The food at Walter Hansel Wine & Bistro in Santa Rosa is outstanding.
As the evening’s dishes were brought to our table, they seemed to get better and better — and they were great to start with. The cooking is French, with a modest shout-out to Peru.
Several people deserve thanks for this fine new restaurant. First, kudos to Stephen Hansel, of the family that has been selling vehicles in Sonoma County since 1961, and who operates Walter Hansel Winery and Vineyards, 75 acres of top-notch chardonnay and pinot noir about a mile from the restaurant. The winery and restaurant are named for Stephen’s father, Walter, now deceased.
Walter Hansel Wine Bistro
The man to thank for the artful dishes is executive chef Philippe Colasse, who grew up in France, where he went to culinary school and trained in several Michelin-starred restaurants.
He came to Los Angeles to cook privately for celebrities, then to Las Vegas and stints at the Bally casino and MGM Grand, before finally arriving in Sonoma County. Thanks also to his sous chef, Saul Barragan.
Hansel wines dominate the wine list, and rightfully so. The winery’s chardonnay is highly rated, as are its five pinot noirs — all in the $50 to $60 range.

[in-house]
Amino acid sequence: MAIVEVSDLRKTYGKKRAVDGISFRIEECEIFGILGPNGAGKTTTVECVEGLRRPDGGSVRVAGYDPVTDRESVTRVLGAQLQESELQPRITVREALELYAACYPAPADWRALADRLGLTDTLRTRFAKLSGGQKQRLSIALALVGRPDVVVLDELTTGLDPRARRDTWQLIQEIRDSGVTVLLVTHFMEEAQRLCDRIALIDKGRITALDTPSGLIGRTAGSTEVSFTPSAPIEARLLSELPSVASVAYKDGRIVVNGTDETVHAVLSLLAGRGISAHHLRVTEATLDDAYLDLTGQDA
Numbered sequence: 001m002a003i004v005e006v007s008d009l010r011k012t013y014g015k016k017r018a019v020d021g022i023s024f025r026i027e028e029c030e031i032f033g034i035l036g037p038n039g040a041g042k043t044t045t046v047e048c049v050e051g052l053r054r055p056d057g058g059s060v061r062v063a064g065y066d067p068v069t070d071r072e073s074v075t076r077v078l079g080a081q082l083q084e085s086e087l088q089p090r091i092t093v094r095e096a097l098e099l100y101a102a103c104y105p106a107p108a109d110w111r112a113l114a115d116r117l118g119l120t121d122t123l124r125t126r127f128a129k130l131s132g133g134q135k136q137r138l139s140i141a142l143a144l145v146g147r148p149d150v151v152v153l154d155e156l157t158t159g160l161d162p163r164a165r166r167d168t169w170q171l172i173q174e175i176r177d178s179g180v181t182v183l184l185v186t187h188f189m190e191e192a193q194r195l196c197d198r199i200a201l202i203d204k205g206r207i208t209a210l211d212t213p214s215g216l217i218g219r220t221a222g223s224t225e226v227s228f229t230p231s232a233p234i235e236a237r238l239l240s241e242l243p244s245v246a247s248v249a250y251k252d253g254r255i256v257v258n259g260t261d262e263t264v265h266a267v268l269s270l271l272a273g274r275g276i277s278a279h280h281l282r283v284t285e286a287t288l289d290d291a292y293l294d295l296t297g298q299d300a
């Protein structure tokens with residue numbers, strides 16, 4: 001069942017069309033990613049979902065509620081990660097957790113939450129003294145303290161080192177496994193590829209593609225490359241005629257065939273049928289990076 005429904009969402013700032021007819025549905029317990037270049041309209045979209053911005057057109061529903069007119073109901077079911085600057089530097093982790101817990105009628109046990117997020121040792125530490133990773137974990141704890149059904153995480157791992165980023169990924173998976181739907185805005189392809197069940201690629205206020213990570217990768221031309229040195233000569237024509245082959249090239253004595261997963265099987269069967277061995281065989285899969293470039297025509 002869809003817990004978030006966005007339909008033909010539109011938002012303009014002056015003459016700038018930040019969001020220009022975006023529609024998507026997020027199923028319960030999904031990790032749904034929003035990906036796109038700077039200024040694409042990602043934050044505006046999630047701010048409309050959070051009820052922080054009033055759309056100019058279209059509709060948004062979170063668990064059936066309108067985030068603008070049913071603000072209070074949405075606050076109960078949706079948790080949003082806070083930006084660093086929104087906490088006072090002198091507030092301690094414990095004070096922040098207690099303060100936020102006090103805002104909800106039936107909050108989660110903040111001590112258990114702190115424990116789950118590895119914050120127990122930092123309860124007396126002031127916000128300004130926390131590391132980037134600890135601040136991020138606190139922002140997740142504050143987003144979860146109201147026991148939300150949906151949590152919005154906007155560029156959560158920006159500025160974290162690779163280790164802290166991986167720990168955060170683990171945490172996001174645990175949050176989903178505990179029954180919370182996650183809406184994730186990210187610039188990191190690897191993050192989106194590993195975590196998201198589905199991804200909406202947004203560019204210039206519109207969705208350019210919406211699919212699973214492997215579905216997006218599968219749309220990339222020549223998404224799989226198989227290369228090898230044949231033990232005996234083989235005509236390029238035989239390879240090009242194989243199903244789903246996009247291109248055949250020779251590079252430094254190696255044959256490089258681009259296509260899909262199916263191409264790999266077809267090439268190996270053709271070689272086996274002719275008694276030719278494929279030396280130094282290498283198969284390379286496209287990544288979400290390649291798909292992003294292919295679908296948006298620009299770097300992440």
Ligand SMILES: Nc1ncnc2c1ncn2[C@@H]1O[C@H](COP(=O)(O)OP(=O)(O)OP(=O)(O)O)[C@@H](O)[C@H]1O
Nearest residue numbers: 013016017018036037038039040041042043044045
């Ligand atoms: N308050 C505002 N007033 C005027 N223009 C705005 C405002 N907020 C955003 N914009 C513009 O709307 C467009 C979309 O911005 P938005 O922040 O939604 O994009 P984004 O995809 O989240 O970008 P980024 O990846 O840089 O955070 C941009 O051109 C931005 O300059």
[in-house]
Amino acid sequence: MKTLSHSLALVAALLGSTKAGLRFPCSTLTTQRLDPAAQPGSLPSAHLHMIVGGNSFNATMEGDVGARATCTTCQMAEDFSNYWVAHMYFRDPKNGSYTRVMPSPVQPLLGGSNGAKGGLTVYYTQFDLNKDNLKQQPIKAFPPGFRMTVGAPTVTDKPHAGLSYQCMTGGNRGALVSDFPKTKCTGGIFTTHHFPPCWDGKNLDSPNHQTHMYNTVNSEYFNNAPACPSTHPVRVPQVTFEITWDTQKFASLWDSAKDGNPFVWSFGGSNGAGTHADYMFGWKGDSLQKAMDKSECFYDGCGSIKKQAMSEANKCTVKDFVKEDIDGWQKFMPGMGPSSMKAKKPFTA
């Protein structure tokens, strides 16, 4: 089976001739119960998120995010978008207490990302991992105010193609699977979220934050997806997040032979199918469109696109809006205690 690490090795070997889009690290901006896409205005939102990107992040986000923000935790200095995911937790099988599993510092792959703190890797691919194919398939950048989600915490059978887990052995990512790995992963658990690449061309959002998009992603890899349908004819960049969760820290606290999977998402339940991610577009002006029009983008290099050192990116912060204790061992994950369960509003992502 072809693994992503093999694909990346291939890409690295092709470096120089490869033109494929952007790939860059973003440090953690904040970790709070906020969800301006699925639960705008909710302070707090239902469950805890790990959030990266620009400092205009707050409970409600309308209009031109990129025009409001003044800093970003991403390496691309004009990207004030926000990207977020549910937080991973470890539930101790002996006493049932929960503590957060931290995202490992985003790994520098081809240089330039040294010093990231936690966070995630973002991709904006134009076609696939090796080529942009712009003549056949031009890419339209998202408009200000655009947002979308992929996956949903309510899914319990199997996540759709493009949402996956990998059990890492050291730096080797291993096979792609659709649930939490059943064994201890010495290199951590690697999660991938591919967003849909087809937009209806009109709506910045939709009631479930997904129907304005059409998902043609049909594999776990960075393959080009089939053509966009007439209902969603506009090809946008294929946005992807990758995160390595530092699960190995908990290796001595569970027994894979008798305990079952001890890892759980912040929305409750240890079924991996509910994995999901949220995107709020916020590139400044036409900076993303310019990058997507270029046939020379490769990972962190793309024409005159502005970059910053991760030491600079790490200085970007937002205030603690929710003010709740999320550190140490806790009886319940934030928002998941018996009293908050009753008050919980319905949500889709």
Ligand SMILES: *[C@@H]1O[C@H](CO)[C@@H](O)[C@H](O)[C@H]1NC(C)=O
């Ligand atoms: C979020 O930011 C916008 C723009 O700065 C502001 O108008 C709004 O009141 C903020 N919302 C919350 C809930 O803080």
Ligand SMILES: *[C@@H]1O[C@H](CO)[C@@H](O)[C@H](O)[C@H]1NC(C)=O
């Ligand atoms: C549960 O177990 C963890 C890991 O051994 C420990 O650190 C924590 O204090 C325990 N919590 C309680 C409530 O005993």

But there’s much else to choose from. Any wine list that carries Robert Biale’s “Black Chicken” Zinfandel ($75) is a savvy list indeed.
Service is professional, quick and unobtrusive.
Dinner started with a shot glass of warm broccoli puree as the amuse bouche.
It’s exciting to see a chef like Colasse apply his expertise to cuisines other than French, because his French sensibilities can add something delightfully unexpected.
That’s the case with the Peruvian Causa ($13.50 ****), an iconic potato dish from Peru. Colasse makes two towers on the plate. The base of each is whipped potatoes topped with a cream sauce spiced with aji amarillo, a pepper so identified with Peru that some claim there would be no Peruvian cuisine without it.